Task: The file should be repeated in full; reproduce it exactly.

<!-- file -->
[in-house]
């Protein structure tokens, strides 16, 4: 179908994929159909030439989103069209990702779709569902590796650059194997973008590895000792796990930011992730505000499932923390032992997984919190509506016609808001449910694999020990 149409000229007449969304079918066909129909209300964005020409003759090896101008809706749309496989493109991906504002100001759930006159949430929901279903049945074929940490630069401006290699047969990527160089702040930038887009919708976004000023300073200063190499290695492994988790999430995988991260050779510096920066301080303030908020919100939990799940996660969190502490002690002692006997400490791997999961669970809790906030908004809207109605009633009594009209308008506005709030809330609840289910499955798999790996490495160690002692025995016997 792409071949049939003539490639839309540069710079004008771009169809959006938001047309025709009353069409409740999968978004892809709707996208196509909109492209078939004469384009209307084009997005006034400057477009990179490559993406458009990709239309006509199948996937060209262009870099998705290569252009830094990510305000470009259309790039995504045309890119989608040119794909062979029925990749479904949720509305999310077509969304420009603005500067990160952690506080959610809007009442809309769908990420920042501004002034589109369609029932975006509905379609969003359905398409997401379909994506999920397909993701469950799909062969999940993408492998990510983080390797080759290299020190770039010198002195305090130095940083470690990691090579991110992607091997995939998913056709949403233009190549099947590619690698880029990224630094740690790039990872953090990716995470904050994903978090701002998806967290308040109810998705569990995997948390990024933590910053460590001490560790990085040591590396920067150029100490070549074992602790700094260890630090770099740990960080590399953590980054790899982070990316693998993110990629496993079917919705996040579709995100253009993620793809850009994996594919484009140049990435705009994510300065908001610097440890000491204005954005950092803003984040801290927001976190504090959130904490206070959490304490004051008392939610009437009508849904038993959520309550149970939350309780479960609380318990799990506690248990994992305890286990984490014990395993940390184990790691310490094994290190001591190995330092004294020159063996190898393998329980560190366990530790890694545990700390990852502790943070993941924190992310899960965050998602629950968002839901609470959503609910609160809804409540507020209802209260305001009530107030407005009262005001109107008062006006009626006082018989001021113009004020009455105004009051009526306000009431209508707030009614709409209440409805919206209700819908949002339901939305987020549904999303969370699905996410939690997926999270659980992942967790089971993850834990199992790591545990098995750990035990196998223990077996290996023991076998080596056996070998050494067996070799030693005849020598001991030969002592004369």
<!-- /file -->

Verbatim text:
[in-house]
């Protein structure tokens, strides 16, 4: 179908994929159909030439989103069209990702779709569902590796650059194997973008590895000792796990930011992730505000499932923390032992997984919190509506016609808001449910694999020990 149409000229007449969304079918066909129909209300964005020409003759090896101008809706749309496989493109991906504002100001759930006159949430929901279903049945074929940490630069401006290699047969990527160089702040930038887009919708976004000023300073200063190499290695492994988790999430995988991260050779510096920066301080303030908020919100939990799940996660969190502490002690002692006997400490791997999961669970809790906030908004809207109605009633009594009209308008506005709030809330609840289910499955798999790996490495160690002692025995016997 792409071949049939003539490639839309540069710079004008771009169809959006938001047309025709009353069409409740999968978004892809709707996208196509909109492209078939004469384009209307084009997005006034400057477009990179490559993406458009990709239309006509199948996937060209262009870099998705290569252009830094990510305000470009259309790039995504045309890119989608040119794909062979029925990749479904949720509305999310077509969304420009603005500067990160952690506080959610809007009442809309769908990420920042501004002034589109369609029932975006509905379609969003359905398409997401379909994506999920397909993701469950799909062969999940993408492998990510983080390797080759290299020190770039010198002195305090130095940083470690990691090579991110992607091997995939998913056709949403233009190549099947590619690698880029990224630094740690790039990872953090990716995470904050994903978090701002998806967290308040109810998705569990995997948390990024933590910053460590001490560790990085040591590396920067150029100490070549074992602790700094260890630090770099740990960080590399953590980054790899982070990316693998993110990629496993079917919705996040579709995100253009993620793809850009994996594919484009140049990435705009994510300065908001610097440890000491204005954005950092803003984040801290927001976190504090959130904490206070959490304490004051008392939610009437009508849904038993959520309550149970939350309780479960609380318990799990506690248990994992305890286990984490014990395993940390184990790691310490094994290190001591190995330092004294020159063996190898393998329980560190366990530790890694545990700390990852502790943070993941924190992310899960965050998602629950968002839901609470959503609910609160809804409540507020209802209260305001009530107030407005009262005001109107008062006006009626006082018989001021113009004020009455105004009051009526306000009431209508707030009614709409209440409805919206209700819908949002339901939305987020549904999303969370699905996410939690997926999270659980992942967790089971993850834990199992790591545990098995750990035990196998223990077996290996023991076998080596056996070998050494067996070799030693005849020598001991030969002592004369």